I had this identified as the Spur Lupine, Lupinus arbustus. The only other possibility I could come up with was a hybrid of the Yellow Bush Lupine, a nonnative in Washington. Fizzie, however, has identified it as a color variety of Bush Lupine. These were photographed near the beach below Fort Worden near Port Townsend, Washington.
Olsynium douglasii or Sisyrinchium douglasii is one of our earliest spring wildflowers. It seems to like dry rocky areas and this was photographed in just such a place, on Pass Island near Deception Pass.
Farewell-to-Spring is the name of the flower, not my goodbye to a season now long past. The botanical name for the flower is Clarkia amoena or Godetia amoena, and it was photographed last spring at Dog Mountain near the Columbia River. The bee or wasp is unknown to me, though I wouldn't mind having an ID.
I believe this is the Broadleaf Stonecrop, Sedum spathulifolum. It was photographed near the Columbia River at the Catherine Creek Natural Area, a wonderful place for spring wildflowers.
Reecer Creek Canyon near Ellensburg, Washington, is one of our favorite places for spring wildflowers. These Sagebrush Violets were photographed there several years ago. We found them there by the thousands. These is another photo in the inset.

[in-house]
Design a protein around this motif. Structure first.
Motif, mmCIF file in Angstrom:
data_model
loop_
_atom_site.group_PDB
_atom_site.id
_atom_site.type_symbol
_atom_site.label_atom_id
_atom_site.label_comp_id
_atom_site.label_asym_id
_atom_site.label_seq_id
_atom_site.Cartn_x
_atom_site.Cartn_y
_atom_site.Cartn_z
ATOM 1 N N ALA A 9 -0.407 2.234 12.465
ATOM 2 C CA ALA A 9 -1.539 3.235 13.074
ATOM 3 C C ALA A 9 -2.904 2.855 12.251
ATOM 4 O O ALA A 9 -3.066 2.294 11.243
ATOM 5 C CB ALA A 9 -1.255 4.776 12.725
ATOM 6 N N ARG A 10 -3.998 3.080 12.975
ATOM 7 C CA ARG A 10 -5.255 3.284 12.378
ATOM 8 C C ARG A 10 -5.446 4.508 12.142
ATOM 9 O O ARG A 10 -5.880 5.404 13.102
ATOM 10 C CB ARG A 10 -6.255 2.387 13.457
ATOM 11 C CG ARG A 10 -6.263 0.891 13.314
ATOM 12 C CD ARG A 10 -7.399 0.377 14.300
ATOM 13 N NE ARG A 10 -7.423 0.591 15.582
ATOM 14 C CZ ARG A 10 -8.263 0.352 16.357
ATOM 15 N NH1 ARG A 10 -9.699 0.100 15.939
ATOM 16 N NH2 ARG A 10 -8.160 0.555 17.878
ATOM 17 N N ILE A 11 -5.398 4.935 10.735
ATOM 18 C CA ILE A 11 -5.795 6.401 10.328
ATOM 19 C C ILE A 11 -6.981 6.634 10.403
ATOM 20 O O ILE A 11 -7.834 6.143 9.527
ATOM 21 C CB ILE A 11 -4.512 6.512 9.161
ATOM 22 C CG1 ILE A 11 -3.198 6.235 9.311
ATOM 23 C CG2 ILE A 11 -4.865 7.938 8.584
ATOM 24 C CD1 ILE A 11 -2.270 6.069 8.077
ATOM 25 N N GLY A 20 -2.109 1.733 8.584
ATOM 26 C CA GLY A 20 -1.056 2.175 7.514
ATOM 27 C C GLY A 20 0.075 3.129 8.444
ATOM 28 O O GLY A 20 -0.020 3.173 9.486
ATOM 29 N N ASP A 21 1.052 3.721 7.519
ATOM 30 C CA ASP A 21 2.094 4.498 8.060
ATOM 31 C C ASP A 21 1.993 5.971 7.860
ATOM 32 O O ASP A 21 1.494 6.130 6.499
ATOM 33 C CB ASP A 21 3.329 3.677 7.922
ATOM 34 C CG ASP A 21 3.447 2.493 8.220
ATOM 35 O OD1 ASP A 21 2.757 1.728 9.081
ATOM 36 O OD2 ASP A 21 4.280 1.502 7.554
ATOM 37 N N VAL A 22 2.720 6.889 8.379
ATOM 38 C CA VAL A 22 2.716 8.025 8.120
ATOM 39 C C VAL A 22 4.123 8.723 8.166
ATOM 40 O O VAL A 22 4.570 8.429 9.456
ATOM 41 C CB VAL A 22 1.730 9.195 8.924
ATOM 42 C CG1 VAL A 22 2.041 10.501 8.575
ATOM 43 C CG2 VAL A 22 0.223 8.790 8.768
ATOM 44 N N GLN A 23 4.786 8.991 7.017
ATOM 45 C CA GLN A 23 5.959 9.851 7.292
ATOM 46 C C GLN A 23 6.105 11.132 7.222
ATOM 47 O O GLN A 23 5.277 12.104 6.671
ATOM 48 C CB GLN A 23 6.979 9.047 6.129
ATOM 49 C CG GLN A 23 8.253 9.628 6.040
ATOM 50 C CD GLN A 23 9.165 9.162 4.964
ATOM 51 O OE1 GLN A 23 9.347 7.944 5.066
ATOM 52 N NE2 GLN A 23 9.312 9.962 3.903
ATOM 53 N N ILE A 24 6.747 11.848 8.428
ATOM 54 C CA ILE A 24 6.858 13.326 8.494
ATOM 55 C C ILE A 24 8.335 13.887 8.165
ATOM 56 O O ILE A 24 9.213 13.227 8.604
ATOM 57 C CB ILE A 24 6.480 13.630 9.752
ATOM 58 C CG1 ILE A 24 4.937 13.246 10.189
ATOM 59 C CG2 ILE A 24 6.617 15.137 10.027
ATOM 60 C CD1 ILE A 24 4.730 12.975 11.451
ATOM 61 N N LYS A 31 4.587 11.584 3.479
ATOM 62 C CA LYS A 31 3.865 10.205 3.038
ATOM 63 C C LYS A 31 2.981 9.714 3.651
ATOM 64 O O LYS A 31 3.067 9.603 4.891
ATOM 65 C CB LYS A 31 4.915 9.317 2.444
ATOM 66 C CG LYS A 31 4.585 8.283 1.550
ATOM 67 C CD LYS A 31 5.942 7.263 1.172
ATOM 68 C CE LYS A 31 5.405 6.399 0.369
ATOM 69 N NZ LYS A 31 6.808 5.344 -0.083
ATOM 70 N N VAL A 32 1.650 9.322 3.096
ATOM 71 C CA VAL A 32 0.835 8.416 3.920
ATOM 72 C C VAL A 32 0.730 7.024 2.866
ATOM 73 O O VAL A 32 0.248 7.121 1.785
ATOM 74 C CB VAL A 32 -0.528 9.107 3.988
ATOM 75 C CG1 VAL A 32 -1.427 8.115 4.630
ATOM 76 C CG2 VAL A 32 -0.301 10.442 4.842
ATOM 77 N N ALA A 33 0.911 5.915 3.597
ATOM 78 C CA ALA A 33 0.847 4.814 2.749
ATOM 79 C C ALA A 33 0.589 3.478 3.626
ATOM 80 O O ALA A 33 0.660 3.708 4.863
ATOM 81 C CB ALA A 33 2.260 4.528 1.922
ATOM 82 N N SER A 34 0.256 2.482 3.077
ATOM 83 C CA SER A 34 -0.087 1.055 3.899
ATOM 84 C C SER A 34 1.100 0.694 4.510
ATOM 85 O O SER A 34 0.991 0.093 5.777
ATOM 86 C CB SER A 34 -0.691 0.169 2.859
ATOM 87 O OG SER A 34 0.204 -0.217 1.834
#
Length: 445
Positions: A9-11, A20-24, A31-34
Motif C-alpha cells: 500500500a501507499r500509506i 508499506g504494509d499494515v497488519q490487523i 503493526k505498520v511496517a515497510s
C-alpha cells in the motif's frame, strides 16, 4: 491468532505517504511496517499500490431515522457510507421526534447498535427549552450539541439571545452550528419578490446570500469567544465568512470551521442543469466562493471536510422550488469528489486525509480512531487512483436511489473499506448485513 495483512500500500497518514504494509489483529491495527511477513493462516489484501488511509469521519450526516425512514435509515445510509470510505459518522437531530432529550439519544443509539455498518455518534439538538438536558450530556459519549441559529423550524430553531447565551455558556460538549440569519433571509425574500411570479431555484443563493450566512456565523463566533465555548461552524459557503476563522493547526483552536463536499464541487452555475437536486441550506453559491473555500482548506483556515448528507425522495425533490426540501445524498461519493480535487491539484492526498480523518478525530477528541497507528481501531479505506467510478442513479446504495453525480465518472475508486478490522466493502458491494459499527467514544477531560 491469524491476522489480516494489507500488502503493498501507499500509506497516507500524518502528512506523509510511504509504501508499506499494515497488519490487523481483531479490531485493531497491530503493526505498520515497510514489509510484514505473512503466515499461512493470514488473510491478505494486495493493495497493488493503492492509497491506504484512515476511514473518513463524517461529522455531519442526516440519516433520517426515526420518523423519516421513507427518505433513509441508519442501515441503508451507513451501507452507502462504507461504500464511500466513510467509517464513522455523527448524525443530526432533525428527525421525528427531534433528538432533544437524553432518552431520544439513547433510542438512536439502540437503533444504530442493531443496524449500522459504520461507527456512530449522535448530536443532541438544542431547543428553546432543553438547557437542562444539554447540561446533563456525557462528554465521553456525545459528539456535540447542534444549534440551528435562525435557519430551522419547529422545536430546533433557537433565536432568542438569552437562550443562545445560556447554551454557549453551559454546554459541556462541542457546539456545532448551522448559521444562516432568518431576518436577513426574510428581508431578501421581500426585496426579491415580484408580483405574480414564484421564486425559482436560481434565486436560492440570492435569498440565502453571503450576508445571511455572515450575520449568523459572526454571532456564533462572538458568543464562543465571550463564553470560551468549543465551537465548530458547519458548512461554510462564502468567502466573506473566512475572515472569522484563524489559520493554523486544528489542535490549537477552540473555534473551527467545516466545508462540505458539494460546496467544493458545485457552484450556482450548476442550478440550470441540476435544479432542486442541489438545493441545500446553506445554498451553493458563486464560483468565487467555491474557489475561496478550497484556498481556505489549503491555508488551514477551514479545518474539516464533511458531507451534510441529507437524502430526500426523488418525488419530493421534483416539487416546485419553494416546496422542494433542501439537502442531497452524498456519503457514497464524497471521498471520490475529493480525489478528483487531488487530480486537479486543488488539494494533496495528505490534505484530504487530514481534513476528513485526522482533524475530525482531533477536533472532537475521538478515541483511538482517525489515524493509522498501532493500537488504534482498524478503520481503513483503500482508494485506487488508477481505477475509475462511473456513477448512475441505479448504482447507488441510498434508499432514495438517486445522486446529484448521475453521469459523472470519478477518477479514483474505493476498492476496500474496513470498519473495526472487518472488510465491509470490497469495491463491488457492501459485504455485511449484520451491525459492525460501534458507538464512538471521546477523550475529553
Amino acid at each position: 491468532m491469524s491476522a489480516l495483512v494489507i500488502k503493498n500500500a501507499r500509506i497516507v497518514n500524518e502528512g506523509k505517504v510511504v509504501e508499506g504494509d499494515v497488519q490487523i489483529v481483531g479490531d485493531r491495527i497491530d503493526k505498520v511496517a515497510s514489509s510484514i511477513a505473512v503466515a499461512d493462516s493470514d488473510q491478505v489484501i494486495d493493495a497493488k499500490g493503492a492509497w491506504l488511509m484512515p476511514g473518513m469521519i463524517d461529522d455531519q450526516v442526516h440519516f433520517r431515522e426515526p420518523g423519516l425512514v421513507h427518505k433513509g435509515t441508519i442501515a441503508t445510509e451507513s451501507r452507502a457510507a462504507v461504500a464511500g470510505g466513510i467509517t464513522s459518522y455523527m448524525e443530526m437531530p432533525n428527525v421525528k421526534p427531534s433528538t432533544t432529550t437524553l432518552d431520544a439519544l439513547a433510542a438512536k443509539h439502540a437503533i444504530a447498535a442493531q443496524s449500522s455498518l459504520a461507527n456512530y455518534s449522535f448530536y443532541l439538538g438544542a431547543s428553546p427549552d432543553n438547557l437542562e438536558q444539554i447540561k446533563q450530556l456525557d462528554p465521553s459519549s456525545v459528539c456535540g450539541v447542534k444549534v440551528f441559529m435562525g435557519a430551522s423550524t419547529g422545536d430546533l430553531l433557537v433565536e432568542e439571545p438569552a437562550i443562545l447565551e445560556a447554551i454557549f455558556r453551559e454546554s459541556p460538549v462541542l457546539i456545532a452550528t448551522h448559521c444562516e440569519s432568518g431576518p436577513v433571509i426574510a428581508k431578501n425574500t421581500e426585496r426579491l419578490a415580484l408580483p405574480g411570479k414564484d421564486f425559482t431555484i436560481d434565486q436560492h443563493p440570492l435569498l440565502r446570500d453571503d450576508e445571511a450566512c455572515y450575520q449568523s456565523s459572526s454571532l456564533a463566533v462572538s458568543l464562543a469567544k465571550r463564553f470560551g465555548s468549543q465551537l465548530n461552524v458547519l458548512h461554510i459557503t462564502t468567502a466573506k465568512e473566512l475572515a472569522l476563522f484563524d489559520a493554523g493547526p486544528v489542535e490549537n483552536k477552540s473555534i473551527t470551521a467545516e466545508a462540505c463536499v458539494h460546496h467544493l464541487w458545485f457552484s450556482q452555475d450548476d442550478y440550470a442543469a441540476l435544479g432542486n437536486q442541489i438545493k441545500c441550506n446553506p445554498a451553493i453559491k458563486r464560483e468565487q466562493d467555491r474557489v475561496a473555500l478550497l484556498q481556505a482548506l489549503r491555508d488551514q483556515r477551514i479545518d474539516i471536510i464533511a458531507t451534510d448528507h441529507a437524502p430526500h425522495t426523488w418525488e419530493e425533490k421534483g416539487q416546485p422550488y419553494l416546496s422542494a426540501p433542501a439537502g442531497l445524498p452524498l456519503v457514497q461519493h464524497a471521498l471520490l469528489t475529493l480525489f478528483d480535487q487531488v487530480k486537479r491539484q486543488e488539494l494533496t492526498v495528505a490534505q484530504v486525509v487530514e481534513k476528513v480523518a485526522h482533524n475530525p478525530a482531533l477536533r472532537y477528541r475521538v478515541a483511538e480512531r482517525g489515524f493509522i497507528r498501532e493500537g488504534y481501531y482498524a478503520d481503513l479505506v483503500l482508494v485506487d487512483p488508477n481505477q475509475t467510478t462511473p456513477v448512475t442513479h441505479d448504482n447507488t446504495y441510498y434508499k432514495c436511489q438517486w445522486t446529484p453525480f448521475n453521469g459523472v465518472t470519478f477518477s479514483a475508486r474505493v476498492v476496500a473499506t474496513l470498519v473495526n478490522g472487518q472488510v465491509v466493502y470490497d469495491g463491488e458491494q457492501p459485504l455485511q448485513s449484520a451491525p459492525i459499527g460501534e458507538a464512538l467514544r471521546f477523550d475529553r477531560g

Resting a Moment
Taken in eastern Washington in the area of Blewett Pass. The wildflower is probably the Harsh Paintbrush. I don't know what plant the seed is from.
Common Camas is well named since it is one of most common wildflowers in the Pacific Northwest. We have seen fields and prairies covered with thousands of them in bloom. They were also an important food source for native Americans who dug and ate the bulbs. These were photographed in eastern Washington, but they grow west of the mountains as well.
This is a spring wildflower, Brodiaea coronaria, the Harvest Brodiaea, photographed in the Columbia River gorge at Catherine Creek.